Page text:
• A degenerating, bulging, or herniated disk in the lower back causing inflammation or directly pushing on the roots of the sciatic nerve.
  • Compression along any part of the sciatic nerve after it has left the spine (ie where it travels through muscles in the buttocks)
  • A boney growth or spur on the spine
  • A Narrowing of the normal hole in the spine where the spinal cord and nerves travel (known as spinal stenosis)

Compression or irritation to the sciatic nerve can cause inflammation, pain and often some numbness in the affected leg.

Pain associated with sciatica can be severe, but will usually resolve with conservative treatment. People who have severe sciatica with significant leg weakness or bowel or bladder changes may need a surgical opinion.


Sciatic pain can be felt almost anywhere along the sciatic nerve, but most commonly the pain radiates from your lower back to your glutes on one side and down the back of your leg and into the calf. “Sciatica” can be anything from a mild ache to a sharp, burning, tingling sensation or severe pain. . In some people Sciatic pain may be exaccerbated by coughing or sneezing, and prolonged sitting can aggravate ‘sciatic’ symptoms whilst lying down flat on your back can reduce the pain for some. Some people also have numbness, tingling or muscle weakness in the affected leg or foot. You might have pain in one part of your leg and numbness in another part.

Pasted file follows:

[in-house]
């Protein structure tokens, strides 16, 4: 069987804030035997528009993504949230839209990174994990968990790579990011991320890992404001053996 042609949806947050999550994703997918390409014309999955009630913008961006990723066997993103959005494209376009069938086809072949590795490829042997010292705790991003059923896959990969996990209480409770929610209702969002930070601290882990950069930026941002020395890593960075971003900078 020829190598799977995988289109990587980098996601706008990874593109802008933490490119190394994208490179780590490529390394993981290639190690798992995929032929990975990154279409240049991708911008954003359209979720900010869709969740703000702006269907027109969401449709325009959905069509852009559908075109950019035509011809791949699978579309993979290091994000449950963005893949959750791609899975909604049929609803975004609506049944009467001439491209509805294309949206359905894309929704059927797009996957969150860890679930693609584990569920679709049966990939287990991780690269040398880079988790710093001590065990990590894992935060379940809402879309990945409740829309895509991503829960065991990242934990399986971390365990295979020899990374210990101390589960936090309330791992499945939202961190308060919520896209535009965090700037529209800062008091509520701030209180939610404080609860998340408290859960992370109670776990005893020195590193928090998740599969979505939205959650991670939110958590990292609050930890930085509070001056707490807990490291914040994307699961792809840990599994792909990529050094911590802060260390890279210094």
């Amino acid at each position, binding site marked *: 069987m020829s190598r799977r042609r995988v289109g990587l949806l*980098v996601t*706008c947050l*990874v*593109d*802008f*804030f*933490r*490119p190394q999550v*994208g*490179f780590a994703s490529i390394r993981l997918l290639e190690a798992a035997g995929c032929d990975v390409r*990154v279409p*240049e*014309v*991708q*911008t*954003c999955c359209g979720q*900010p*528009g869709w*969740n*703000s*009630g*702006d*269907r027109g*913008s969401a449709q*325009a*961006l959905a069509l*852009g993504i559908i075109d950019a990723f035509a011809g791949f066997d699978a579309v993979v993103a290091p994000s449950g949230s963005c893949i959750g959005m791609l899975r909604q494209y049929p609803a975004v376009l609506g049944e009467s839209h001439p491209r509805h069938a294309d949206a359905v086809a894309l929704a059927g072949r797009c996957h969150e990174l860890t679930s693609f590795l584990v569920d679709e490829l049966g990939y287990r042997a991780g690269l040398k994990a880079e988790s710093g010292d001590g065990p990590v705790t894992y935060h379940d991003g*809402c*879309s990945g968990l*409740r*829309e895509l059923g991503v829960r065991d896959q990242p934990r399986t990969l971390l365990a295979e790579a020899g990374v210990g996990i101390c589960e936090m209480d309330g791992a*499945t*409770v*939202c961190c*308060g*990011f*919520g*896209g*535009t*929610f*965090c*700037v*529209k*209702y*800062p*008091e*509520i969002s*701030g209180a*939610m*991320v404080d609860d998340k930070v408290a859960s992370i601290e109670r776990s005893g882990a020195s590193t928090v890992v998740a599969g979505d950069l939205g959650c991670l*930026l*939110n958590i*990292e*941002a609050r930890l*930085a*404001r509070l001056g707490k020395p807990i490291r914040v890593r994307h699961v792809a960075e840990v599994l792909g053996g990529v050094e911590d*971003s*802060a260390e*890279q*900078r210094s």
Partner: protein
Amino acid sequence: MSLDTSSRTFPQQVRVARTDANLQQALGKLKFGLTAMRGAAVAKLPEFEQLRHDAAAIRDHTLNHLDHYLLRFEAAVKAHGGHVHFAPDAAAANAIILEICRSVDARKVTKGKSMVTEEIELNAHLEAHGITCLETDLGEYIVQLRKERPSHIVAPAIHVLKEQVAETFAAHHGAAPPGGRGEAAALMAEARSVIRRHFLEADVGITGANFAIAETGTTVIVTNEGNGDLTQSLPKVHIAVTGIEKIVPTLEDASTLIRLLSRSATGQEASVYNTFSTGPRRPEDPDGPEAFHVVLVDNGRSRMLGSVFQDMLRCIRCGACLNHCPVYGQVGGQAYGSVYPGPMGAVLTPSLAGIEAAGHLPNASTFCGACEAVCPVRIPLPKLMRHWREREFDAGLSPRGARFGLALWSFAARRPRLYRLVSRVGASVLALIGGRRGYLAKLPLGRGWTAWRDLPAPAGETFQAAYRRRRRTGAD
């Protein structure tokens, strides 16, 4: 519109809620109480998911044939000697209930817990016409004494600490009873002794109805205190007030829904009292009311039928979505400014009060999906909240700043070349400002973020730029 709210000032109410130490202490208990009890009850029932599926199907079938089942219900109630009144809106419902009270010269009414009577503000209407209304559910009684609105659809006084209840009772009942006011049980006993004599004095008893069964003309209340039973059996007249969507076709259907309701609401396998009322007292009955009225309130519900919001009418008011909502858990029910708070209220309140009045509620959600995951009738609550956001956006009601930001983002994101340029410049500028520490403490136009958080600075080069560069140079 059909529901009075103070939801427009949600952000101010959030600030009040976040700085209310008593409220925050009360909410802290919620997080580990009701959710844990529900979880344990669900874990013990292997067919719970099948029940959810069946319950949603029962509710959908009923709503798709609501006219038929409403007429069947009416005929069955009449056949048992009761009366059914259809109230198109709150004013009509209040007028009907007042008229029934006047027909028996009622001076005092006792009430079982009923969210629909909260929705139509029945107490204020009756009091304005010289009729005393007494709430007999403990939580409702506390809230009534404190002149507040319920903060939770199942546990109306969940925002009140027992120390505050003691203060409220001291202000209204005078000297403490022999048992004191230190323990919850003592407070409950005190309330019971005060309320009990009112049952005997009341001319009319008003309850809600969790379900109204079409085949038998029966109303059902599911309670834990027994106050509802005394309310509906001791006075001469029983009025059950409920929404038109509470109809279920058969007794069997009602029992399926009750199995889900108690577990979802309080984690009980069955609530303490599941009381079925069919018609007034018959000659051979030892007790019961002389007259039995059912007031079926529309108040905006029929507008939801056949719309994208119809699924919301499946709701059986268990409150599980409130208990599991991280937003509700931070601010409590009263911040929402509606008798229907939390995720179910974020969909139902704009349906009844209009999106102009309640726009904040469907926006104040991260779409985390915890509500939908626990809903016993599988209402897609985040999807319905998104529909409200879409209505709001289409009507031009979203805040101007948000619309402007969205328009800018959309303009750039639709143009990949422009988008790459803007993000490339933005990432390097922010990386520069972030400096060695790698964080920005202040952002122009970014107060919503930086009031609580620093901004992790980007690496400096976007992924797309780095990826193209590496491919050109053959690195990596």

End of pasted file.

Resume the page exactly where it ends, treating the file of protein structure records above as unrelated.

Disc degeneration and compression of the sciatic nerve as it travels through muscles are very common causes of sciatic pain. Sciatic pain caused by disc injuries and muscular tension can often resolve spontaneously or with conservative treatment such as manual osteopathic treatment and a supervised exercise program. Manual therapists such as Osteopaths can use a combination of techniques such as soft tissue massage and release, traction and gentle movement to help reduce sciatic irritation. An exercise physiologist and a clinical Pilates instructor can take you though exercises specifically designed for you and your condition to help reduce irritation, maintain movement and increase your core strength.


Of course we know that prevention is always best. It’s not always possible to prevent sciatica, and sciatica can re-occur. If you have had an episode of sciatic pain in the past the following are recommended

  • Exercise regularly. To keep your body and back moving and strong. Consult with an exercise physiologist or healthcare professional who can prescribe specific exercises for you that can help you activate your core muscles and let you know which exercises or activities are good and which you should avoid
  • Maintain good posture and movement. Assessing your work area or your desk and chair set up can make a huge difference. Looking at your activities, how you preform them physically and avoiding possible overload to your joints and muscles is essential. Manual therapists such as Osteopaths can give you information on avoiding poor posture in your daily activities and how to move correctly, they can also help to treat existing postural strain to get you moving optimally.